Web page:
Remission Induction in Patients with Lymphoid Malignancies Using Unconjugated CAMPATH-1 Monoclonal Antibodies.
Dyer MJ., Hale G., Marcus R., Waldmann H.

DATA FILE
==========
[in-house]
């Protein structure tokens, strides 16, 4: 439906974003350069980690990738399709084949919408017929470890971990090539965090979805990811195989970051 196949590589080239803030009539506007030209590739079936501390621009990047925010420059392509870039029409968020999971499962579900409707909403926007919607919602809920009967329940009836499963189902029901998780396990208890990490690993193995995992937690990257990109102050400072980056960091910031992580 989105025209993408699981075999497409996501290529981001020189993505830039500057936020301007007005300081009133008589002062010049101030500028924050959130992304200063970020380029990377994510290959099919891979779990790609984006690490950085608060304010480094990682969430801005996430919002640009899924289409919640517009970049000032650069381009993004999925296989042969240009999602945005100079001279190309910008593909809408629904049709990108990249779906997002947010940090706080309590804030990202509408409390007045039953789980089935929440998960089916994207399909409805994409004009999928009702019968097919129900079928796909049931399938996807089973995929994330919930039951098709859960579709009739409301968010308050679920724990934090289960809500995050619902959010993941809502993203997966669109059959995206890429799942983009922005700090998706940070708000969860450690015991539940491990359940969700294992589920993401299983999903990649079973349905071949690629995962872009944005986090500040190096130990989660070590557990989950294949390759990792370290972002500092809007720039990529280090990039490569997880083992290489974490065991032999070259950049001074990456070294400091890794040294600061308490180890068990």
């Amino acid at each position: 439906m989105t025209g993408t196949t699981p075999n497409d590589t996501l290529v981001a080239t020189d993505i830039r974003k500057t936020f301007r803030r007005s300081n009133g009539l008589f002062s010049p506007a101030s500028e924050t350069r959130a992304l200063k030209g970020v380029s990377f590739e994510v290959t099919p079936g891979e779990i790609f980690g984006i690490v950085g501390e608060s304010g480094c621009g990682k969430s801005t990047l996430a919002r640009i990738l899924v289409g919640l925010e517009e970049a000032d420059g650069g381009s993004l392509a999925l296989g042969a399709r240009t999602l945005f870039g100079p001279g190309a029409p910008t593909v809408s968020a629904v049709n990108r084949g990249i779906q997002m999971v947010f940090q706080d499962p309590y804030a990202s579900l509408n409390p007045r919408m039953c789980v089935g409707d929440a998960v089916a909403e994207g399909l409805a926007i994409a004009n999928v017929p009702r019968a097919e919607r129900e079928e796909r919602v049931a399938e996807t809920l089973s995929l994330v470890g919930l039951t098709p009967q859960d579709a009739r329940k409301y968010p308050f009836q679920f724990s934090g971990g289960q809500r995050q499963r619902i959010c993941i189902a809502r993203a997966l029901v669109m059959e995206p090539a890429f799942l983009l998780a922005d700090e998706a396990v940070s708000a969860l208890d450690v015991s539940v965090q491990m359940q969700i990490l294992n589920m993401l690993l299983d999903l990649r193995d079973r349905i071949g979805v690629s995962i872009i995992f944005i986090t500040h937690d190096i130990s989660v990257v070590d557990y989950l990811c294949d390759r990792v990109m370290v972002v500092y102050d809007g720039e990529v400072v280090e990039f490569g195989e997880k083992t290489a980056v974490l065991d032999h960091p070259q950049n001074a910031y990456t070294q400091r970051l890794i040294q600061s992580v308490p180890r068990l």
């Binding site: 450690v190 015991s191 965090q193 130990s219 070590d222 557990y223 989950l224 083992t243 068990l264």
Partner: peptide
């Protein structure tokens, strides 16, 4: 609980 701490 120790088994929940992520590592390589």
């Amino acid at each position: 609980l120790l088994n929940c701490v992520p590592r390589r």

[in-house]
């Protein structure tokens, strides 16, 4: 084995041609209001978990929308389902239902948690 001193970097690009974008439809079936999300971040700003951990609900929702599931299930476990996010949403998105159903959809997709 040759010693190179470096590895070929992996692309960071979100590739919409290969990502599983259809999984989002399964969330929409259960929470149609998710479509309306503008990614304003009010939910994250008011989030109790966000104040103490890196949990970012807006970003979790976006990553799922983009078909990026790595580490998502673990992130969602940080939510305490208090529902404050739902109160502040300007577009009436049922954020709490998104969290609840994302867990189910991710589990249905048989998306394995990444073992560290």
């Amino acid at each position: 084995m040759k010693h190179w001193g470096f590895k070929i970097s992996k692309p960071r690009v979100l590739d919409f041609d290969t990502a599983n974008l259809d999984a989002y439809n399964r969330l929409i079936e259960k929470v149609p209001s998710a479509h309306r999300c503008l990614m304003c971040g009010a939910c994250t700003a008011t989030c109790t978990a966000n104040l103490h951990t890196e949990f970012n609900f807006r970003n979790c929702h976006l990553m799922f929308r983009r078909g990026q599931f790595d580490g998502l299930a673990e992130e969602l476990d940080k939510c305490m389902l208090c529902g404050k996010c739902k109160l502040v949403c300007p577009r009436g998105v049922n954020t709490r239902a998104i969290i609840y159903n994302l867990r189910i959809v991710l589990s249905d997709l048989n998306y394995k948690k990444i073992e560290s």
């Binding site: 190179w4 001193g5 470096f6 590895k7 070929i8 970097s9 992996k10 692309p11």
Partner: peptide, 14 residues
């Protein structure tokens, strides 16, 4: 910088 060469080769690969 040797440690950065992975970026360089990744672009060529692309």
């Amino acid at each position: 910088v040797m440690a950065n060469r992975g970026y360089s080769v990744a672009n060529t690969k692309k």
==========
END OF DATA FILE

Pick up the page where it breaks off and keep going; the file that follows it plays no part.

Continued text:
CAMPATH-1 (CDw52) antigen is a heavily glycosylated, non-modulating glycoprotein expressed abundantly on the cell surface of nearly all normal and malignant lymphocytes but not on hemopoietic stem cells. A series of rat monoclonal antibodies (MAbs) with CDw52 specificity but of varying immunoglobulin isotype has been produced, and assessed for ability to deplete lymphoid cells in patients with lymphoproliferative disorders. Although all IgM, IgG2a and IgG2b rat MAbs were able to elicit lysis with human complement in vitro, only the IgG2b MAb (CAMPATH-1G) could elicit substantial lymphoid depletion in vivo. The efficacy of CAMPATH-1 G probably results from its ability to bind human Fc receptors and activate cell-mediated lysis of antibody-coated cells. Twenty-nine patients with lymphoid malignancies have received between 250 mg and 680 mg of CAMPATH-1G; nine of these attained complete remission A human MAb with CDw52 specificity has been produced by "grafting" the complementarity-determining regions (CDRs) of the rat MAb into human IgG1 heavy- and kappa light-chain genes. These constructs were transfected into a rat myeloma cell line. Sufficient human MAb (CAMPATH-1H) has been purified to treat two patients with non-Hodgkin's lymphoma in leukemic phase. Although each patient only received approximately 100 mg of MAb, remission was induced in both patients with recovery of normal hemopoiesis during the course of therapy CDw52 MAbs are the first MAbs to demonstrate consistent anti-tumor effects in vivo and may have roles in the therapy of a wide range of lymphoid malignancies and as powerful immunosuppressive agents.